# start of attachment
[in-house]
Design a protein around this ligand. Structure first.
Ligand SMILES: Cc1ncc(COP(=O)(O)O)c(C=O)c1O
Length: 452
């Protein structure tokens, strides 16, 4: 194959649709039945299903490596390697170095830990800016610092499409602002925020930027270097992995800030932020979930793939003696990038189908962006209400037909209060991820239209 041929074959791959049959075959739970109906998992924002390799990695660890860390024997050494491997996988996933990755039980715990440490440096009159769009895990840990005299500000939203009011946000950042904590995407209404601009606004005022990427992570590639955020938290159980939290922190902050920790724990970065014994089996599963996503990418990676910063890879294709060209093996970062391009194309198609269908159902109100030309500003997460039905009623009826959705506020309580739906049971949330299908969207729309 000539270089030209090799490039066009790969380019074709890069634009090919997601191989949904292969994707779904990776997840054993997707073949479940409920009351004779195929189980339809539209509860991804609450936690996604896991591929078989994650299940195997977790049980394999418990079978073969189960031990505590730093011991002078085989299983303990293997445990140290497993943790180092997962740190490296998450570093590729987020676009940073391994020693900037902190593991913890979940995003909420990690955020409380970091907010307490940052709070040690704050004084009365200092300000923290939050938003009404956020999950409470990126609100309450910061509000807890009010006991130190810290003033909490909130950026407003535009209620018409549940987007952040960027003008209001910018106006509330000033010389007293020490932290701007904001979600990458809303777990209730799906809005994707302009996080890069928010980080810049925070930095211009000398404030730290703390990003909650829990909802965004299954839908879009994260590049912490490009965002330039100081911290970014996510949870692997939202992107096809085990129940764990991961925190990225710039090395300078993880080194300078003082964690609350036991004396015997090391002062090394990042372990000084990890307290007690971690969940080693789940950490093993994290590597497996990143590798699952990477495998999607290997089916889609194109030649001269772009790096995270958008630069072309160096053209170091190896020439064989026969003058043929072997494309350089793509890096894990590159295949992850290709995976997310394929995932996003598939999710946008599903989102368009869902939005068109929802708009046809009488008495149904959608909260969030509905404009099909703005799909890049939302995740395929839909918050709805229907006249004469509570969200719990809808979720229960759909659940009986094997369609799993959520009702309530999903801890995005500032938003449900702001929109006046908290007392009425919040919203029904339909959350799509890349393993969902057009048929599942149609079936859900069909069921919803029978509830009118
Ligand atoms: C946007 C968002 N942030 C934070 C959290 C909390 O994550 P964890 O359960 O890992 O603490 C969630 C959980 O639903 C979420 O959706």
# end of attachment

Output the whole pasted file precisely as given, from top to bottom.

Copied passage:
[in-house]
Design a protein around this ligand. Structure first.
Ligand SMILES: Cc1ncc(COP(=O)(O)O)c(C=O)c1O
Length: 452
């Protein structure tokens, strides 16, 4: 194959649709039945299903490596390697170095830990800016610092499409602002925020930027270097992995800030932020979930793939003696990038189908962006209400037909209060991820239209 041929074959791959049959075959739970109906998992924002390799990695660890860390024997050494491997996988996933990755039980715990440490440096009159769009895990840990005299500000939203009011946000950042904590995407209404601009606004005022990427992570590639955020938290159980939290922190902050920790724990970065014994089996599963996503990418990676910063890879294709060209093996970062391009194309198609269908159902109100030309500003997460039905009623009826959705506020309580739906049971949330299908969207729309 000539270089030209090799490039066009790969380019074709890069634009090919997601191989949904292969994707779904990776997840054993997707073949479940409920009351004779195929189980339809539209509860991804609450936690996604896991591929078989994650299940195997977790049980394999418990079978073969189960031990505590730093011991002078085989299983303990293997445990140290497993943790180092997962740190490296998450570093590729987020676009940073391994020693900037902190593991913890979940995003909420990690955020409380970091907010307490940052709070040690704050004084009365200092300000923290939050938003009404956020999950409470990126609100309450910061509000807890009010006991130190810290003033909490909130950026407003535009209620018409549940987007952040960027003008209001910018106006509330000033010389007293020490932290701007904001979600990458809303777990209730799906809005994707302009996080890069928010980080810049925070930095211009000398404030730290703390990003909650829990909802965004299954839908879009994260590049912490490009965002330039100081911290970014996510949870692997939202992107096809085990129940764990991961925190990225710039090395300078993880080194300078003082964690609350036991004396015997090391002062090394990042372990000084990890307290007690971690969940080693789940950490093993994290590597497996990143590798699952990477495998999607290997089916889609194109030649001269772009790096995270958008630069072309160096053209170091190896020439064989026969003058043929072997494309350089793509890096894990590159295949992850290709995976997310394929995932996003598939999710946008599903989102368009869902939005068109929802708009046809009488008495149904959608909260969030509905404009099909703005799909890049939302995740395929839909918050709805229907006249004469509570969200719990809808979720229960759909659940009986094997369609799993959520009702309530999903801890995005500032938003449900702001929109006046908290007392009425919040919203029904339909959350799509890349393993969902057009048929599942149609079936859900069909069921919803029978509830009118
Ligand atoms: C946007 C968002 N942030 C934070 C959290 C909390 O994550 P964890 O359960 O890992 O603490 C969630 C959980 O639903 C979420 O959706």